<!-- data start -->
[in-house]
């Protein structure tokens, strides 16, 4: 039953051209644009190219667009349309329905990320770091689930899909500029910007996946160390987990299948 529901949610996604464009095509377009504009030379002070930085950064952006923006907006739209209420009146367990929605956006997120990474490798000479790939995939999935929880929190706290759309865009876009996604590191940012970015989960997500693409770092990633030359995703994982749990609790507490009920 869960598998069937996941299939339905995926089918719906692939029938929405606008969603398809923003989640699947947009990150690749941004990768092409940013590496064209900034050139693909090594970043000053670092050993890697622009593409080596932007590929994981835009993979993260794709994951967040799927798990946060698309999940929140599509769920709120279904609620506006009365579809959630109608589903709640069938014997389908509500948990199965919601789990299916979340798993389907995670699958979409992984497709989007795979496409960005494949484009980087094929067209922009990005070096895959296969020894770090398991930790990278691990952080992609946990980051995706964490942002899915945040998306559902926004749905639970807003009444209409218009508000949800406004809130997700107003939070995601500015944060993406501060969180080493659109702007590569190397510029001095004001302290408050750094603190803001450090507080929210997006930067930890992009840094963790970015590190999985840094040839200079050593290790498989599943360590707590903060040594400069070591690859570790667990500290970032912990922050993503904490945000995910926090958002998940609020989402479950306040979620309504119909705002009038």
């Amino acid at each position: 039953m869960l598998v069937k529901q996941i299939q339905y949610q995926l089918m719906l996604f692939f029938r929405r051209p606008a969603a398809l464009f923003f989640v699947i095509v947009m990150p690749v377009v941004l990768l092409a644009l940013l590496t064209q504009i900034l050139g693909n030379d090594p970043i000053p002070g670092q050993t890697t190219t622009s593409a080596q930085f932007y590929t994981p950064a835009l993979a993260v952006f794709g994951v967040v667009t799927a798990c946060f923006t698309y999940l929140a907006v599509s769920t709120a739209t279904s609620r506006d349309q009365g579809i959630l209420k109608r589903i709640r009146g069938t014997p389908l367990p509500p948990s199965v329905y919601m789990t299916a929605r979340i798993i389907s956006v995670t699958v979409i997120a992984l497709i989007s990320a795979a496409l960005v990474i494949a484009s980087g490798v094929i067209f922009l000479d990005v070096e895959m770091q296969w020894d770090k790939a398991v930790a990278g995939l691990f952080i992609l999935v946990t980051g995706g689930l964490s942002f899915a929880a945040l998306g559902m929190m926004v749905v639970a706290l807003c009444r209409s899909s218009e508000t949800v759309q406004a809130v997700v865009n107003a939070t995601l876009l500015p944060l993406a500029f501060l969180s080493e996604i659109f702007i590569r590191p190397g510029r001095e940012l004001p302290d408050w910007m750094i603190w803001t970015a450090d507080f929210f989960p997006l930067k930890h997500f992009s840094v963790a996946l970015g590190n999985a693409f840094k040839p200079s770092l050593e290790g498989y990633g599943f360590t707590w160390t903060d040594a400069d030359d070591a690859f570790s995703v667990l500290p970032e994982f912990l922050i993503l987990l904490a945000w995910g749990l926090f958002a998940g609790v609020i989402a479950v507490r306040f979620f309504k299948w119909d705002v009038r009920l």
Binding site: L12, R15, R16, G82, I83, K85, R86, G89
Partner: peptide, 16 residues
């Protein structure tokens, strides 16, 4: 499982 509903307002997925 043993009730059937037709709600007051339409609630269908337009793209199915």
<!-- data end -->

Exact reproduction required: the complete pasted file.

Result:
[in-house]
């Protein structure tokens, strides 16, 4: 039953051209644009190219667009349309329905990320770091689930899909500029910007996946160390987990299948 529901949610996604464009095509377009504009030379002070930085950064952006923006907006739209209420009146367990929605956006997120990474490798000479790939995939999935929880929190706290759309865009876009996604590191940012970015989960997500693409770092990633030359995703994982749990609790507490009920 869960598998069937996941299939339905995926089918719906692939029938929405606008969603398809923003989640699947947009990150690749941004990768092409940013590496064209900034050139693909090594970043000053670092050993890697622009593409080596932007590929994981835009993979993260794709994951967040799927798990946060698309999940929140599509769920709120279904609620506006009365579809959630109608589903709640069938014997389908509500948990199965919601789990299916979340798993389907995670699958979409992984497709989007795979496409960005494949484009980087094929067209922009990005070096895959296969020894770090398991930790990278691990952080992609946990980051995706964490942002899915945040998306559902926004749905639970807003009444209409218009508000949800406004809130997700107003939070995601500015944060993406501060969180080493659109702007590569190397510029001095004001302290408050750094603190803001450090507080929210997006930067930890992009840094963790970015590190999985840094040839200079050593290790498989599943360590707590903060040594400069070591690859570790667990500290970032912990922050993503904490945000995910926090958002998940609020989402479950306040979620309504119909705002009038």
């Amino acid at each position: 039953m869960l598998v069937k529901q996941i299939q339905y949610q995926l089918m719906l996604f692939f029938r929405r051209p606008a969603a398809l464009f923003f989640v699947i095509v947009m990150p690749v377009v941004l990768l092409a644009l940013l590496t064209q504009i900034l050139g693909n030379d090594p970043i000053p002070g670092q050993t890697t190219t622009s593409a080596q930085f932007y590929t994981p950064a835009l993979a993260v952006f794709g994951v967040v667009t799927a798990c946060f923006t698309y999940l929140a907006v599509s769920t709120a739209t279904s609620r506006d349309q009365g579809i959630l209420k109608r589903i709640r009146g069938t014997p389908l367990p509500p948990s199965v329905y919601m789990t299916a929605r979340i798993i389907s956006v995670t699958v979409i997120a992984l497709i989007s990320a795979a496409l960005v990474i494949a484009s980087g490798v094929i067209f922009l000479d990005v070096e895959m770091q296969w020894d770090k790939a398991v930790a990278g995939l691990f952080i992609l999935v946990t980051g995706g689930l964490s942002f899915a929880a945040l998306g559902m929190m926004v749905v639970a706290l807003c009444r209409s899909s218009e508000t949800v759309q406004a809130v997700v865009n107003a939070t995601l876009l500015p944060l993406a500029f501060l969180s080493e996604i659109f702007i590569r590191p190397g510029r001095e940012l004001p302290d408050w910007m750094i603190w803001t970015a450090d507080f929210f989960p997006l930067k930890h997500f992009s840094v963790a996946l970015g590190n999985a693409f840094k040839p200079s770092l050593e290790g498989y990633g599943f360590t707590w160390t903060d040594a400069d030359d070591a690859f570790s995703v667990l500290p970032e994982f912990l922050i993503l987990l904490a945000w995910g749990l926090f958002a998940g609790v609020i989402a479950v507490r306040f979620f309504k299948w119909d705002v009038r009920l």
Binding site: L12, R15, R16, G82, I83, K85, R86, G89
Partner: peptide, 16 residues
């Protein structure tokens, strides 16, 4: 499982 509903307002997925 043993009730059937037709709600007051339409609630269908337009793209199915």